Supplementing Your Cold Defenses
If you've got a cold, what should you take? Purveyors of alternative medicine offer a dazzling array of choices.
By Lynda Liu
If you've got a cold, what should you take? Purveyors of alternative medicine offer a dazzling array of choices; only a few have science behind them. In this, the second of a three-part series on alternative medicine for colds, we'll look at supplements.
Take your runny nose to the vitamin display of any drug store and you?ll find preparations promising to ease. But science is scarce in the supplement industry, and it?s not easy to know what to try and what to sneeze at.
Two things are for certain. One, we'd all like a quick fix for this condition. And two, there isn't one. Most adults experience two to four colds each year, and most children get six to ten, according to the U.S. National Institute of Allergy and Infectious Diseases (NIAID). There's no cure for the cold, and although over-the-counter drugs may bring relief, it's usually at the cost of side effects like drowsiness.
Which is why so many people scour the shelves for a supplement that will help fight a cold, or help keep it away in the first place. Here's a rundown of the supplements we've found that have the most evidence in their favor.
Thinking Zinc and Seeking CZinc lozenges: In test tubes, zinc prevents cold viruses from reproducing themselves. But as for its ability to fight the disease in the human body, the jury is still out, even after 11 double-blind, placebo-controlled studies. Five studies found that zinc had beneficial effects and six did not.
And all these studies had possible flaws. The ones that found zinc useless may have used formulations that are inactive in the human body. Those that came down in favor of zinc may have used a placebo that did not taste like the active pill. (If participants could tell the difference, then some of those who got the real thing may have benefited because of the psychological boost of knowing they were getting real zinc instead of placebos, rather than from any disease-fighting properties of the mineral itself.)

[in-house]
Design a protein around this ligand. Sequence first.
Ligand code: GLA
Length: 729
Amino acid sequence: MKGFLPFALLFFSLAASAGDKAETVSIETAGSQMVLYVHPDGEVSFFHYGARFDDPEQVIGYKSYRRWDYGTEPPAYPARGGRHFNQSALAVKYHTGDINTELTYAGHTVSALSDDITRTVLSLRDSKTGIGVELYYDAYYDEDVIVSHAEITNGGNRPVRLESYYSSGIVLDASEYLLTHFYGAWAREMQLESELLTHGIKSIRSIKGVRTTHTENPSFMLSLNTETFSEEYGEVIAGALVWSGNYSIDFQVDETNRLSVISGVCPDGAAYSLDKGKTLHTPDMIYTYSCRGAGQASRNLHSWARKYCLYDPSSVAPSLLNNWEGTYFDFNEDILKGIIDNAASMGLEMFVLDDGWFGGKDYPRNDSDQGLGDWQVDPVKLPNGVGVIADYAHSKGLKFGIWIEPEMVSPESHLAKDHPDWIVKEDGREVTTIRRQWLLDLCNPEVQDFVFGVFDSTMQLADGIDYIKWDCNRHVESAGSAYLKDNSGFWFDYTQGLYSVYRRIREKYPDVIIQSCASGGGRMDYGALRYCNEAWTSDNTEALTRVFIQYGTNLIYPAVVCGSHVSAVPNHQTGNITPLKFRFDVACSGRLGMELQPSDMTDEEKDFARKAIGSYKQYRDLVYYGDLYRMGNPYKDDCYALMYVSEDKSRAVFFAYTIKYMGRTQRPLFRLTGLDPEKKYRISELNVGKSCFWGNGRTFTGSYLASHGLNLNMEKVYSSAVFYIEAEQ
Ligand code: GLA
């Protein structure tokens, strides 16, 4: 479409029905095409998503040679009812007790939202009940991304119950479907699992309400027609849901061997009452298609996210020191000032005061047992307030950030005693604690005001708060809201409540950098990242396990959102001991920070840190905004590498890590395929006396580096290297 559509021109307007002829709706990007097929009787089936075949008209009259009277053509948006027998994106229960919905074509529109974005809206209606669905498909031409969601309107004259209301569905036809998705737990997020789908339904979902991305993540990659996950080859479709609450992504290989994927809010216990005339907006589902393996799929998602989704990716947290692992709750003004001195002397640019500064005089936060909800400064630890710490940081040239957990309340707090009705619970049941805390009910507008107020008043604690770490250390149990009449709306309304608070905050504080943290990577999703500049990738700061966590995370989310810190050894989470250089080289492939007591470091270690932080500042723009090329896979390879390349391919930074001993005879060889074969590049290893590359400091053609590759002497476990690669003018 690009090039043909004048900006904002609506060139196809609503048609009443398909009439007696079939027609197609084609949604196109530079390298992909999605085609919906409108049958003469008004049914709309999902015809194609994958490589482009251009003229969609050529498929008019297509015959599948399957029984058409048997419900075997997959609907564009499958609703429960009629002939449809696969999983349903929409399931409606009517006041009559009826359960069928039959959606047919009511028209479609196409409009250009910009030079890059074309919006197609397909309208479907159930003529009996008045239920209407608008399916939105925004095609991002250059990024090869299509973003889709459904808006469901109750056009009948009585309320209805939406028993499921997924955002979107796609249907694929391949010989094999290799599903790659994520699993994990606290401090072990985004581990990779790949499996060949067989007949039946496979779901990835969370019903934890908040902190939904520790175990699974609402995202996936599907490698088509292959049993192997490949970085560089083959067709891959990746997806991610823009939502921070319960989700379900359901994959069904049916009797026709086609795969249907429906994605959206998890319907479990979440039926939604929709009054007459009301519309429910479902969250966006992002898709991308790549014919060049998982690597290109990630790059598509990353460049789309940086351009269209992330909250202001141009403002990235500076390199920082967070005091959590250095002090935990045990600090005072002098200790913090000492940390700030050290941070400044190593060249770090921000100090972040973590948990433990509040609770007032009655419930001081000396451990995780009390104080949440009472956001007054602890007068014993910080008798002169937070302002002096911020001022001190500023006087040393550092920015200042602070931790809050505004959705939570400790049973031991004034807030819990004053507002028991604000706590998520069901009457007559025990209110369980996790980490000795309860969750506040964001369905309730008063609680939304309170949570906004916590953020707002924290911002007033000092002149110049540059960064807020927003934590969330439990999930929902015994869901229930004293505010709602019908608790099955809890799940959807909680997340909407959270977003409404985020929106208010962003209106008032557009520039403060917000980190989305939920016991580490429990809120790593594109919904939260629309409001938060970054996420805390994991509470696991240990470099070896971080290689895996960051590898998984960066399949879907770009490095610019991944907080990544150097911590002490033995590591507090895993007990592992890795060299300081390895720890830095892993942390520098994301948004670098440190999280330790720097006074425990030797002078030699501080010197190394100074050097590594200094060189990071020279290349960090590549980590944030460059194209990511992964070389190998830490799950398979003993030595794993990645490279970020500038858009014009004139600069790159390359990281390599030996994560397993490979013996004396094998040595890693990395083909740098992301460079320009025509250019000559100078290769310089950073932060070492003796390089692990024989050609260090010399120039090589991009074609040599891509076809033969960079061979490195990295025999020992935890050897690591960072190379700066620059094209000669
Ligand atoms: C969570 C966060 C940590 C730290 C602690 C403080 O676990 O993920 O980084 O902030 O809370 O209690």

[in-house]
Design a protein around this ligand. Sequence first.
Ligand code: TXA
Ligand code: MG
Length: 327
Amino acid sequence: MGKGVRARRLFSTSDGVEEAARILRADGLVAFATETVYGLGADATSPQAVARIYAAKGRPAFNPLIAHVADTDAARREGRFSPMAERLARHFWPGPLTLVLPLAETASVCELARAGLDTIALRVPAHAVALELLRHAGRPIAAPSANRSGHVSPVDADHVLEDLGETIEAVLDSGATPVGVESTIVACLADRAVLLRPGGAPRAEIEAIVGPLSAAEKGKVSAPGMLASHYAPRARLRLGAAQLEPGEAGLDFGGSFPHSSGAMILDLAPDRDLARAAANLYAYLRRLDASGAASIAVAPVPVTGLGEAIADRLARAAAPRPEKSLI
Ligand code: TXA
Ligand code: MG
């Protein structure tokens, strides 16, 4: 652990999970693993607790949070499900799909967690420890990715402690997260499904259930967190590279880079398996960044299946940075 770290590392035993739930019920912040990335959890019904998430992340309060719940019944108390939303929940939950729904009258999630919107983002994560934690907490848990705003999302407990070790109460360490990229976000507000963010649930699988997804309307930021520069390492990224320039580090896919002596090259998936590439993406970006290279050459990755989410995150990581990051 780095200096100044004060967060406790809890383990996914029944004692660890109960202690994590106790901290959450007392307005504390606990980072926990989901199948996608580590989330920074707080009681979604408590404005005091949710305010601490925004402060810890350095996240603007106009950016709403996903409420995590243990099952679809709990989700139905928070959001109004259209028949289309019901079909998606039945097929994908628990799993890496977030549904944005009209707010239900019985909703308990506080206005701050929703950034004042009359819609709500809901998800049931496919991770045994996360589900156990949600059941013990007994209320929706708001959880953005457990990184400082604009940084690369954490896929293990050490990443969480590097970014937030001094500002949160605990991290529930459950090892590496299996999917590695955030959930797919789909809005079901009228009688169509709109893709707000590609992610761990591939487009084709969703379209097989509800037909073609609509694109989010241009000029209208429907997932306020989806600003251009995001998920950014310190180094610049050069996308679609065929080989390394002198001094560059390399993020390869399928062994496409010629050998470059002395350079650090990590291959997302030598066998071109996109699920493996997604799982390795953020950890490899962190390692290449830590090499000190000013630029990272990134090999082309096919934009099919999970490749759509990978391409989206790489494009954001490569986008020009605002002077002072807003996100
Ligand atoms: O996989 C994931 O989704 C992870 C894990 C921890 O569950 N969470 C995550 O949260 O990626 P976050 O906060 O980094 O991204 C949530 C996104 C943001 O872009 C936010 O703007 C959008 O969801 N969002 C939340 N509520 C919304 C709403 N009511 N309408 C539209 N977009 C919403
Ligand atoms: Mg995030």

If you want to give zinc a chance, you can follow the lead of the best-known of the pro-zinc studies, the one conducted by the Cleveland Clinic and published in the July 15, 1996 issue of the Annals of Internal Medicine. Within 24 hours of coming down with cold symptoms, 50 people began dissolving Cold-Eeze zinc lozenges in their mouths every two hours while they were awake. Those taking the zinc lozenges recovered in an average of 4.4 days, compared with 7.6 days for those who had been given placebos. But be aware that some participants experienced nausea and bad-taste reactions.
Vitamin C: The late Dr. Linus Pauling was a famous and enthusiastic advocate of vitamin C and its healing powers. But the many studies conducted on vitamin C and the common cold have varied widely in their results. A 1999 Australian National University review (conducted for the Cochrane Database of Systematic Reviews) of 30 major trials found no consistent evidence that taking vitamin C prevents colds. However, the review did find that study subjects who took vitamin C after coming down with a cold recovered more quickly (on average, about half a day faster) and possibly experienced milder symptoms.
If you want to try vitamin C yourself, you need to realize that no one has set dosage guidelines. A study of 622 people, published in the April 5, 1975 issue of the Canadian Medical Association Journal, found that those who took 1,500 mg on the first day of a cold and 1,000 mg on each of the following four days spent 25 percent fewer days indoors because of their cold than those who were given a placebo.
Beyond Vitamins and MineralsA couple of other supplements show some signs of stimulating the immune system. But no one so far has tested how they actually affect colds.
Fish oil capsules: If you don?t eat fish regularly, taking fish oil capsules in the winter may help protect you against a cold, says Ray Sahelian, M.D., the author of The Common Cold Cure. Both laboratory and clinical studies have suggested that fish oil capsules boost the immune system. In a 1995 Patras University study published in Cancer Detection and Prevention, cancer patients who took 18 grams of fish oil daily for 40 days had a significant drop in a type of cell that works to suppress the immune system.
Probiotics: Sold in capsules and liquids, probiotics contain live microorganisms (bacteria or yeast) that are supposed to help maintain balance in your intestinal flora. But they may also provide another benefit. One double-blind study from the University of Turku in Finland, published in December 1998 in Clinical and Experimental Allergy, found that an intestinal bacterial strain added to milk stimulated white blood cells in healthy participants. If you?re going to buy a probiotic, look for one that contains bifidus and acidophilus, advises Sahelian.
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